A call for reconciliation by two theologians and activists from on two continents.
"Offer[s] a vision of reconciliation and social justice that is grounded in biblical truth . . . . [The authors] exame Jesus' role as a radical reconciler and prophet of social justice, then go on to survey the role of reconciliation in religious communities and the wider society."--Bethel Magazine
"Allan Aubrey Boesak, a leading figure in the struggle against apartheid in South Africa, and Curtiss Paul DeYoung, a white U.S. theologian, join forces in Radical Reconciliation: Beyond Political Pietism and Christian Quietism to challenge Christians to practice true reconciliation and rise up against systemic injustice, even at the cost of losing one’s own power and privilege. A great book for those interested in race relations (which should be all Christians)."--Sojourners
Everyone supports "reconciliation." But too often calls for reconciliation fall short of uprooting systems of injustice, and thus fail to accomplish the work required to truly reconcile. Such initiatives usually favor the rich and powerful while depriving the powerless of justice and dignity. The result, according to Boesak and DeYoung, is "political pietism." And when Christians refuse to name this situation for what it is, they are practicing "Christian quietism."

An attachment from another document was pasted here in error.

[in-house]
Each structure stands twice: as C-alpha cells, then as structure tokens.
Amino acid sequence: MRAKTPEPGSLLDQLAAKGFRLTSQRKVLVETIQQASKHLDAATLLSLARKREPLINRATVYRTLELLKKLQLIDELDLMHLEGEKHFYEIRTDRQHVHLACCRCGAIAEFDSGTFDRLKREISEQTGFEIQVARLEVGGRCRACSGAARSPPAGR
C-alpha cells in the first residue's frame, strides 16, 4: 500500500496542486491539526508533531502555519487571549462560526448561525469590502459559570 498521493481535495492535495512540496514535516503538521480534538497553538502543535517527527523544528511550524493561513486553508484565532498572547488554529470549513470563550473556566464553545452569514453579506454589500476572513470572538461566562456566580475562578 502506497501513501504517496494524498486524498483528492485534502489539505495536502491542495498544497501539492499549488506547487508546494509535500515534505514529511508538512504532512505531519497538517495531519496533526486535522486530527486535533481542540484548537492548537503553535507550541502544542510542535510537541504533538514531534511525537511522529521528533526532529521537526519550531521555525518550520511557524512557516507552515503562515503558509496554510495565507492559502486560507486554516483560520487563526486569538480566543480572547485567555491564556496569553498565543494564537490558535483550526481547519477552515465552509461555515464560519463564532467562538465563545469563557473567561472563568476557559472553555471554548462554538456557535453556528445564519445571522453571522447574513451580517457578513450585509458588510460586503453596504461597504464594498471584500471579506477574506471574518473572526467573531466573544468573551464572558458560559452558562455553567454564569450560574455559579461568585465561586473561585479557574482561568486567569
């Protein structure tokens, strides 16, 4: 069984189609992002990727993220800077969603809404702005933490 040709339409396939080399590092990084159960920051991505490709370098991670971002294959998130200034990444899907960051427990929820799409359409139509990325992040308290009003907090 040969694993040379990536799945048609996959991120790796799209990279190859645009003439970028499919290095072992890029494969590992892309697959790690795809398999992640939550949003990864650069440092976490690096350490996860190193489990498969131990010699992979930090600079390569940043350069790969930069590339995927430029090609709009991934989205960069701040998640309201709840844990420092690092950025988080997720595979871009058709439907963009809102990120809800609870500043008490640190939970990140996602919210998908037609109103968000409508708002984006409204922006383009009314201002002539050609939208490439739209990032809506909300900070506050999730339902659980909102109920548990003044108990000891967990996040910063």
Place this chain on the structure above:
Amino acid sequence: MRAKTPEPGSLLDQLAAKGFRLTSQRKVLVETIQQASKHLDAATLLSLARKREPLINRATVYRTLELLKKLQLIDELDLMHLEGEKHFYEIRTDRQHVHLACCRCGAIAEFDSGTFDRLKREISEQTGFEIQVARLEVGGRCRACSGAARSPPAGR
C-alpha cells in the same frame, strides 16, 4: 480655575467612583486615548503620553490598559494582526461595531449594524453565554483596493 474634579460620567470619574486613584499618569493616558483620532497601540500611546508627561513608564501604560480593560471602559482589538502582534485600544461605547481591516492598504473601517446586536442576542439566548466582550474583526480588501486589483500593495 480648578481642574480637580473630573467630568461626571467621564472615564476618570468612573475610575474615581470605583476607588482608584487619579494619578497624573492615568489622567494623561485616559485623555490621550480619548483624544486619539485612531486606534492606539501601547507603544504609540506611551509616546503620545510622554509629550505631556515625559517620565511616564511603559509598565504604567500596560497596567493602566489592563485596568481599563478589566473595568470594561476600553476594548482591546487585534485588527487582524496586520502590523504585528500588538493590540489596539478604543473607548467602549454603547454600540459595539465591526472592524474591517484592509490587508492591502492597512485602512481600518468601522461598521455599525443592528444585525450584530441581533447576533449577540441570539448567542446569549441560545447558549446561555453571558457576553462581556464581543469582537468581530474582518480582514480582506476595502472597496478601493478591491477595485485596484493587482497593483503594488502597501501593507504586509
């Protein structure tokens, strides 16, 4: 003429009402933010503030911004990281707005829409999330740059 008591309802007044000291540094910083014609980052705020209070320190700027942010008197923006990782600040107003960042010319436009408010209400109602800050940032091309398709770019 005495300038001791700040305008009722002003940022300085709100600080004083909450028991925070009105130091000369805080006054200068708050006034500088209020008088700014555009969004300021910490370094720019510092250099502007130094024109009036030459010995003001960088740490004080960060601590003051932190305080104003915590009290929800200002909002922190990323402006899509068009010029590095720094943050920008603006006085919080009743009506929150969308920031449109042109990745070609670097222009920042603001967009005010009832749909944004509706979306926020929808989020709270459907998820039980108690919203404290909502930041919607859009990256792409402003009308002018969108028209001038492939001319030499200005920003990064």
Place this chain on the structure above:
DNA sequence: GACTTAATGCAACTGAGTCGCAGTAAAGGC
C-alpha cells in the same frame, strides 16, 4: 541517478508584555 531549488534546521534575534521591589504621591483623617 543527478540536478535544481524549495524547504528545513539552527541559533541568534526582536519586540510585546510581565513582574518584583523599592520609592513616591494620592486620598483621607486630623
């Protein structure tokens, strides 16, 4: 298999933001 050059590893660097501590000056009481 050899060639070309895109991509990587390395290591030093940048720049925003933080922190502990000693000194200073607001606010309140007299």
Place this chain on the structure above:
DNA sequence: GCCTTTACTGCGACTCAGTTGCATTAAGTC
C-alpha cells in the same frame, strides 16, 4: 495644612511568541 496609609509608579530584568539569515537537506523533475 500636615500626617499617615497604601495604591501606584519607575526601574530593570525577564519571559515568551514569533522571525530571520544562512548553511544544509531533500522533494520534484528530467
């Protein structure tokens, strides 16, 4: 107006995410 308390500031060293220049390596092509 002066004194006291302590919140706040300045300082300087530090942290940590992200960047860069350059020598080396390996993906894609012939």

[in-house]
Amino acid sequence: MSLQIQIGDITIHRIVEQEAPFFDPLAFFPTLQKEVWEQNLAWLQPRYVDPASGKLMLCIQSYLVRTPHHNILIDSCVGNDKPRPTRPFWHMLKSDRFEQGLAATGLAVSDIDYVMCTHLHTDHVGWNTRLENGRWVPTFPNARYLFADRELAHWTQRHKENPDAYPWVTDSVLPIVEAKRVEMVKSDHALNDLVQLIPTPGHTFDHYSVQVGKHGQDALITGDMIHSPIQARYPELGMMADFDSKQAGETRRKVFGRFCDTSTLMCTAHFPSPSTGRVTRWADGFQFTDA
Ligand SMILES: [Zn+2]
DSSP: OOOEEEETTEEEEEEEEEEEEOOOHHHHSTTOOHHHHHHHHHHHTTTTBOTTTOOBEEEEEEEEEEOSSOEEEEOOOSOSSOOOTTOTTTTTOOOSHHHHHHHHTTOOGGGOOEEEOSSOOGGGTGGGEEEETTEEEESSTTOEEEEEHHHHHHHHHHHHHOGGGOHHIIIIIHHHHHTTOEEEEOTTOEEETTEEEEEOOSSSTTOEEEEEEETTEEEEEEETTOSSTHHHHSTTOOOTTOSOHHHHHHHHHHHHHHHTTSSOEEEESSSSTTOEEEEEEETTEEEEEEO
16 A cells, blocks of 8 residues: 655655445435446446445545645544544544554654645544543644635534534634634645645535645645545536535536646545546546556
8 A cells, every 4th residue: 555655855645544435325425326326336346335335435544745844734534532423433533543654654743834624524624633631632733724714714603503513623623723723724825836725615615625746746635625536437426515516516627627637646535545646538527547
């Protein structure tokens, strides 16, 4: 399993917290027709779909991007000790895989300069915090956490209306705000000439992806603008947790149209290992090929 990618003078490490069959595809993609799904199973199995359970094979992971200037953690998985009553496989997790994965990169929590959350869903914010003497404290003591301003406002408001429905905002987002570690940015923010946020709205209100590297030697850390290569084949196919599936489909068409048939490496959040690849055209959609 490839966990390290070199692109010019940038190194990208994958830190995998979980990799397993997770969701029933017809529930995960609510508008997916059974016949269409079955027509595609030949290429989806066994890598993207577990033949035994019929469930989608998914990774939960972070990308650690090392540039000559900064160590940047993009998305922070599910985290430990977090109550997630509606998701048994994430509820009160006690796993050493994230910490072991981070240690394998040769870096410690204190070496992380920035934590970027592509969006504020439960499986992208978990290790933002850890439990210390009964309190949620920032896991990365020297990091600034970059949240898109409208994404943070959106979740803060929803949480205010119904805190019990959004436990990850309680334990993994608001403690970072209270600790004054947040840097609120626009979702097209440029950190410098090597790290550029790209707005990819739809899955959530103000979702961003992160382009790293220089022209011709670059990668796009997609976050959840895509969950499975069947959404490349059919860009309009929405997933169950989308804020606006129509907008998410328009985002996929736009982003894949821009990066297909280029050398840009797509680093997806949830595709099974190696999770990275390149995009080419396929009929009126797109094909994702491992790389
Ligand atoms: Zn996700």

True reconciliation, these authors argue, is truly radical. Together they offer a vision of reconciliation and social justice grounded in the biblical story and their own experience of social engagement. After examining the meaning of reconciliation in the biblical context, they examine Jesus' role as a radical reconciler and prophet of social justice. They go on to examine the role of reconciliation in religious communities and in the wider society, including the challenging model of Bishop Desmond Tutu and his contributions to the Truth and Reconciliation commission in South Africa.
Allan Aubrey Boesak was a leading figure in the church struggle against apartheid in South Africa. He is currently Extraordinary Professor of Public Theology at the Theological Faculty of the University of Stellenbosch.
Curtis Paul DeYoung is professor of Reconciliation Studies at Bethel University in St. Paul, MN. His many books include Living Faith: How Faith Inspires Social Justice, and (co-editor) The People's Bible.
Click here for an Interview with the Authors from Seattle Pacific University.